EEE virus prompts aerial spraying in Oneida County

By By CAROLINE GABLE

(WKTV) - For the first time in four years, parts of Oneida County have tested positive for Eastern Equine Encephalitis. So now the county is doing all they can to prevent the spread of the EEE virus, by spraying a low concentrate of pesticides.

EEE is considered to be one of the most serious mosquito borne viruses, in humans the virus can feel like the flu. Horses are more susceptible to the illness, and it that can prove to be fatal in the animals.

Since August six mosquito pools have been found in Oneida County, but cases have also been found in Oswego County.

Mosquitoes with Triple E often feed on birds but occasionally come into contact with horses and humans. On Tuesday August 24th the county plans to spray 30,000 acres from the Barge Canal at Oneida Lake east to the outlying areas of the City of Rome northwest to Taberg and then back to the Barge Canal at Oneida Lake. The pesticide sprayings will take place between 6 p.m. and dusk.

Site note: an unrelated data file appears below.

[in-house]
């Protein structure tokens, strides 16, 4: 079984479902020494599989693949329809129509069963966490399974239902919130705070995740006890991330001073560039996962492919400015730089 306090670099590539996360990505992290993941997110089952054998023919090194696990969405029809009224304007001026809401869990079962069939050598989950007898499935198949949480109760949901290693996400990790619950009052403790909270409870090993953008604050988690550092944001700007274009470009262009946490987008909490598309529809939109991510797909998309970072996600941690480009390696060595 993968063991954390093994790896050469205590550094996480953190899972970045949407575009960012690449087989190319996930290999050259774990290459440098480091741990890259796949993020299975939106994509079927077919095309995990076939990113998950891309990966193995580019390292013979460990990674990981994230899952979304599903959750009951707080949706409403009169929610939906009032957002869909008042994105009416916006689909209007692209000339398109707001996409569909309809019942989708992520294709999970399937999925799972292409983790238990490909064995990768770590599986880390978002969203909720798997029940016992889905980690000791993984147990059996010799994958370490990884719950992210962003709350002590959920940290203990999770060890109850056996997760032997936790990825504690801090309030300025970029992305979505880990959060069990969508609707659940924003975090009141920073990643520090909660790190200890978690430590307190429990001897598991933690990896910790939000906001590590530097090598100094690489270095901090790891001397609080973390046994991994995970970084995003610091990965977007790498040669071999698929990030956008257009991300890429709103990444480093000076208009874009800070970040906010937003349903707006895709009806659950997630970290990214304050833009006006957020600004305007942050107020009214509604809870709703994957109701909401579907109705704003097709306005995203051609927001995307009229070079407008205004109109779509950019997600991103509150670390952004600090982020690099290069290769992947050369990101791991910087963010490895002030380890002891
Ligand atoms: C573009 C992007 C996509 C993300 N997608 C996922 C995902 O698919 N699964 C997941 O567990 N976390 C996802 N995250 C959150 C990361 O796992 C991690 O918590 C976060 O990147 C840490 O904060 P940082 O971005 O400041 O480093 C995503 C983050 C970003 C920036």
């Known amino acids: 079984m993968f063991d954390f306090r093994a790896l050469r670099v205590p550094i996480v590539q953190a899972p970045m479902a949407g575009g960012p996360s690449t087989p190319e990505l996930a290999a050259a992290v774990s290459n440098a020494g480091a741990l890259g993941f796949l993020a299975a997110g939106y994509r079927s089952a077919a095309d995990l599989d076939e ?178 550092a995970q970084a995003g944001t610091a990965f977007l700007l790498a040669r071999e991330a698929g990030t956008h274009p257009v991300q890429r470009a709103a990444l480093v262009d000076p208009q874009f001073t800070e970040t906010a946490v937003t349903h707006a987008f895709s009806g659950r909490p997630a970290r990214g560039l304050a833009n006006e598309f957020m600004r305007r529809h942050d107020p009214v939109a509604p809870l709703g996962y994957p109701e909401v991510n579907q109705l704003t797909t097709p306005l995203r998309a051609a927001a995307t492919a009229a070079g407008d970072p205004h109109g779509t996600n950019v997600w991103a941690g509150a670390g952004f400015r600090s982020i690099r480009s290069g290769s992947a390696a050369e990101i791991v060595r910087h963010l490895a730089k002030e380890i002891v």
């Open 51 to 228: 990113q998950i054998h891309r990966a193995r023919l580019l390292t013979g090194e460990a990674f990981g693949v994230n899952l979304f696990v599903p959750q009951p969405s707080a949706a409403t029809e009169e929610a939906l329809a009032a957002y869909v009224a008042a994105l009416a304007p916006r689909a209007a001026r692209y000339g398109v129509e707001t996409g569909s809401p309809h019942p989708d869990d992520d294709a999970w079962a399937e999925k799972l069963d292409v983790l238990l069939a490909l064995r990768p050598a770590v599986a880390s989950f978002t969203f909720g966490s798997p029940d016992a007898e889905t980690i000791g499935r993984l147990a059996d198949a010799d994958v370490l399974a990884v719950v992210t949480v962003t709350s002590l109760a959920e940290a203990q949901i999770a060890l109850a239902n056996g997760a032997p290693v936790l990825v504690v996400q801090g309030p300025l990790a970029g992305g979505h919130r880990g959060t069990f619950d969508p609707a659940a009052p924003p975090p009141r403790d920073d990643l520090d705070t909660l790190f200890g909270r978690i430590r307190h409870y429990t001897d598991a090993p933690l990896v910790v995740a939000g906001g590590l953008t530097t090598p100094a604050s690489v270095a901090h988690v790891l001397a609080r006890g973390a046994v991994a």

While the spray is a low concentration the Oneida County Health Department recommends staying in doors, covering gardens, and removing outdoor toys.

New Hartford Animal Hospital veterinarian Dr. Frank Mondi says local incidents of EEE are fairly rare, "Its a condition that's present every year and especially when the mosquito population is high, they (mosquitoes) are feeding on other things besides birds. Incidents in humans are very low, statistics are one to ten cases every year in horses there are a few more cases up and down the eastern sea board," said Mondi.

There are no recent reports of human deaths in Oneida County from EEE, and the last horse to fatally contract it was back in 2006.

Many horses at the Oriskany Creek Horse Farm have been vaccinated for the virus, but there is no vaccination for humans.

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